Here’s a Shocker: People Lie on their Online Dating Profiles

I know, it’s enough to shake your faith in humanity, but it’s the cold truth. Singles routinely fudge their height, weight, and age.

Frequent online daters can also expect some surprises about income, education, number of children, and even marital status when they come face to face.

It seems only natural for people to buff up their images or inflate their stats to increase their appeal—who doesn’t want to put their best features forward and de-emphasize their flaws? The anonymous nature of a profile on a dating site makes it easy to perfect that sharper image.

But is all lying equal? And who lies more, he or she?

It’s no secret that men and women seek different qualities in a mate, at least on an instinctual level. Research confirms what observation has always told us: men look for women who appear youthful and physically attractive, while women seek men with high social status. Many of the lies we tell, like the fashions we wear, aim to increase our appeal correspondingly.

By one measure of mendacity, men and women are just about equal. When it comes to sensitivity about body size, the sexes give just about equal weight to weight, which is, perhaps not surprisingly, one of the most frequently fudged characteristics. The odds a female online dater will lie about her weight on her profile are 1 in 1.69 (59%) while the odds a man will do the same are a slightly more likely 1 in 1.65 (61%). Lying about weight is more common than having a job—the odds a person 16 or older is employed are 1 in 1.71 (58%).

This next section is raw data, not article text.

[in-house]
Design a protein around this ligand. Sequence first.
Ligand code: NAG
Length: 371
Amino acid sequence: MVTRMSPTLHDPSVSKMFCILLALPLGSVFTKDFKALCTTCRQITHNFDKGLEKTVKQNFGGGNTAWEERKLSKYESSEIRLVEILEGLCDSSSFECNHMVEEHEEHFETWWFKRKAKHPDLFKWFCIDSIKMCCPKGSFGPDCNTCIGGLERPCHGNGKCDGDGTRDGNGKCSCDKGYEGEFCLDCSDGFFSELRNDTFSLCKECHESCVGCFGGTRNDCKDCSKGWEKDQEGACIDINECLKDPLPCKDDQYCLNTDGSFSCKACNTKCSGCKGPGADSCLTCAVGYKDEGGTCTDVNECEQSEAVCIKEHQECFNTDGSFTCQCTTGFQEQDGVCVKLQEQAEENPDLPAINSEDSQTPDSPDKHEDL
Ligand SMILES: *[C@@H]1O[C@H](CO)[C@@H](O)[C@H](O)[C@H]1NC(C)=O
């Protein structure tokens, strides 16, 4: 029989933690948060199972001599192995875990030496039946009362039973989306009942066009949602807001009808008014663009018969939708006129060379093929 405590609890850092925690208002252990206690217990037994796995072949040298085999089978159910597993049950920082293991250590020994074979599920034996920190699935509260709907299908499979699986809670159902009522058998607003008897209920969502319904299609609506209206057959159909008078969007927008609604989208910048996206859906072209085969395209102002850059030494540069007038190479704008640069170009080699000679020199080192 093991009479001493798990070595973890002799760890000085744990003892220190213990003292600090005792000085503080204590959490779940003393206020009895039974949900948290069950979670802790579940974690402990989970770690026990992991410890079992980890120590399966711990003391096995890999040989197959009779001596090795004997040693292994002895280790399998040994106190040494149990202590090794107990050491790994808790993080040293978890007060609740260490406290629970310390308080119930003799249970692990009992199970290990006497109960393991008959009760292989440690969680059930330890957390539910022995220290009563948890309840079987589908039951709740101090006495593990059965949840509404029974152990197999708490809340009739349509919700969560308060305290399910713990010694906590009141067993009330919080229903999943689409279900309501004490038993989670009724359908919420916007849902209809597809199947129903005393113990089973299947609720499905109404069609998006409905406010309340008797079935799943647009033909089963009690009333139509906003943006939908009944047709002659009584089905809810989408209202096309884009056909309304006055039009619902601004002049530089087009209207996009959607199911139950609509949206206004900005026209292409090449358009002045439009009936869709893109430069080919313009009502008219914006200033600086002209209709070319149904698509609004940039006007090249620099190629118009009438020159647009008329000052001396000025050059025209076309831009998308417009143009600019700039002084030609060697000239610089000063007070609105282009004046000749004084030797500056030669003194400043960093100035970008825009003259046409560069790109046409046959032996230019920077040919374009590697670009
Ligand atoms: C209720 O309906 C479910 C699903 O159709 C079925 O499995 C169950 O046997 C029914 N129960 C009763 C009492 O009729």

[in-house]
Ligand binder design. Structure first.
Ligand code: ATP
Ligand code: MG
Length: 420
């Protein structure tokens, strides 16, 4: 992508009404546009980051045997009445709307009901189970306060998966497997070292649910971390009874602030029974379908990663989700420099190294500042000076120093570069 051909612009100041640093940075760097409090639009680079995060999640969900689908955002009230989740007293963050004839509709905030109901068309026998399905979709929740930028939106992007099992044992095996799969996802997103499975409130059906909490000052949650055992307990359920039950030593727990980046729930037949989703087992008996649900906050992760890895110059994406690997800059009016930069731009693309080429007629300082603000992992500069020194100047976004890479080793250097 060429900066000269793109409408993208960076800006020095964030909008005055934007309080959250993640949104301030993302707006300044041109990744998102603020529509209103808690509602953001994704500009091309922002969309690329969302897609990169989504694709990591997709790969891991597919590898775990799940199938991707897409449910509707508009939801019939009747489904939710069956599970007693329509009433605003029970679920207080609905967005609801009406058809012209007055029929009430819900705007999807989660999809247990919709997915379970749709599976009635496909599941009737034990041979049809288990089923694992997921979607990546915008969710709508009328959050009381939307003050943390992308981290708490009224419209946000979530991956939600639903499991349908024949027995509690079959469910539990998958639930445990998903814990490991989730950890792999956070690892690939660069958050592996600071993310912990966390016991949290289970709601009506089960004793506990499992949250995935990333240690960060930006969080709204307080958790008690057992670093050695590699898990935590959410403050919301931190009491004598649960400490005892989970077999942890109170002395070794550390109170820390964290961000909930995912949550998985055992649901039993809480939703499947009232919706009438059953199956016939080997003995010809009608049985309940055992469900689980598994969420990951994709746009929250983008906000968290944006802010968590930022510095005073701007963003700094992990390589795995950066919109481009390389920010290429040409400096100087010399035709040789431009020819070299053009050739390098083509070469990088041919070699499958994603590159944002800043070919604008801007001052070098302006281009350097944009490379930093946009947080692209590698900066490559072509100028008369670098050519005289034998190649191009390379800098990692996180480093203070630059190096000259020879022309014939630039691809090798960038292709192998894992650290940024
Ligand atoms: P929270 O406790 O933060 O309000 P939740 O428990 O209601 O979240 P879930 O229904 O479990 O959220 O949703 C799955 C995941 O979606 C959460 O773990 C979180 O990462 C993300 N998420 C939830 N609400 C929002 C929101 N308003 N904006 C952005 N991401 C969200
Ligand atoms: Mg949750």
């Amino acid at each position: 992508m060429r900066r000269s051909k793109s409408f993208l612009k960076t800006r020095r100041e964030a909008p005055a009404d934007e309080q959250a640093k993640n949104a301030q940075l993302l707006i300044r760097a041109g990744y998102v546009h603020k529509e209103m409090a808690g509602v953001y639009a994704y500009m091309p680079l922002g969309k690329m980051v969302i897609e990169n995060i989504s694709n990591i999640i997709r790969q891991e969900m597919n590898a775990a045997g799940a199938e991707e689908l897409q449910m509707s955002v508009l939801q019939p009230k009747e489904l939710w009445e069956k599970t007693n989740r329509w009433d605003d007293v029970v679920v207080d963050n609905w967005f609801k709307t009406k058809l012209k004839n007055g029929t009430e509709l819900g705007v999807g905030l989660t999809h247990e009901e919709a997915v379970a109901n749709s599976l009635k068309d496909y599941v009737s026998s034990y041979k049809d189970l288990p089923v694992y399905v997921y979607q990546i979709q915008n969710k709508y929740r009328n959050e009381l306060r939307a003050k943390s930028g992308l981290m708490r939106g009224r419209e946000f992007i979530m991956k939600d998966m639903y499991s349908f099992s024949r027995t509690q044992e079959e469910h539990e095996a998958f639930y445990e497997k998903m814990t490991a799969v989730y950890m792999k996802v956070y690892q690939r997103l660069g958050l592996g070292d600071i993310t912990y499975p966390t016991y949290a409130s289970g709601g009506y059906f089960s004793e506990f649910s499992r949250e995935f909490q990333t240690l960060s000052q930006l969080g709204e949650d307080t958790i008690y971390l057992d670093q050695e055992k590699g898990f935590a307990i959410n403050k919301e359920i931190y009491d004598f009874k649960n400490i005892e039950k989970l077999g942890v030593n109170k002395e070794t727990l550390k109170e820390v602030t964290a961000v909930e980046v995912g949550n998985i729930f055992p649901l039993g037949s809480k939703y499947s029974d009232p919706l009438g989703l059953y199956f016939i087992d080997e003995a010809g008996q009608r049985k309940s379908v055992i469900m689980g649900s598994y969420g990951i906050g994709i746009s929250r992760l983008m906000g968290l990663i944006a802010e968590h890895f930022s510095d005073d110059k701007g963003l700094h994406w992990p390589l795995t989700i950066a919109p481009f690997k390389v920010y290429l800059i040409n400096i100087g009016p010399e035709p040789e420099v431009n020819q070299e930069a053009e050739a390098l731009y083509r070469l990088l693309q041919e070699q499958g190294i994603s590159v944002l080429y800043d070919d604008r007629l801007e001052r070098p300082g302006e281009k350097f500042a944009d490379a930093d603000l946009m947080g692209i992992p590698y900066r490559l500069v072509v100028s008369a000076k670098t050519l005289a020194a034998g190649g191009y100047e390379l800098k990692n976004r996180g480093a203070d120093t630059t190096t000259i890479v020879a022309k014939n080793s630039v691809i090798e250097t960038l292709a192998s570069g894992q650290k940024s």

Singles frequently misrepresent their height as well, and again in this case men are more likely than women to lie—1 in 1.81(55%) vs. 1 in 2.41 (42%). The same goes for age; only 1 in 7.58 women in the study lied about it, while nearly a quarter (1 in 4.12) of the men did, giving the lie to the common perception that women worry more than men about appearing youthful, at least online.

Lying about one’s profile is certainly widespread. In a recent study, fully 81% of participants lied about at least one characteristic. But the study also found most people on average stretched the truth only by small amounts, “adjusting” their weight only 5.5%, their height and age even less.

In any case, online dating veterans seem to regard dealing with dishonesty as part of the cost of “doing business” on dating sites. The odds an Internet user 18 or older believes online dating is a good way to meet people are 1 in 2.27, and Online Dating Magazine estimates that more than 20 million people visit at least one dating site every month. Bear in mind, though, that only a fraction of users are paying customers.

With all this activity, the big online dating sites have made some pretty impressive claims of success, like eHarmony’s assertion of responsibility for 2% of marriages in the US. A variety of complicating factors make such claims hard to substantiate; many of them, for example, rely on self-reported data, which must always be regarded with some degree of skepticism.

But users of dating sites know that very well. After all, a profile is nothing but a collection of self-reported data—to be taken with a couple of grains of salt.

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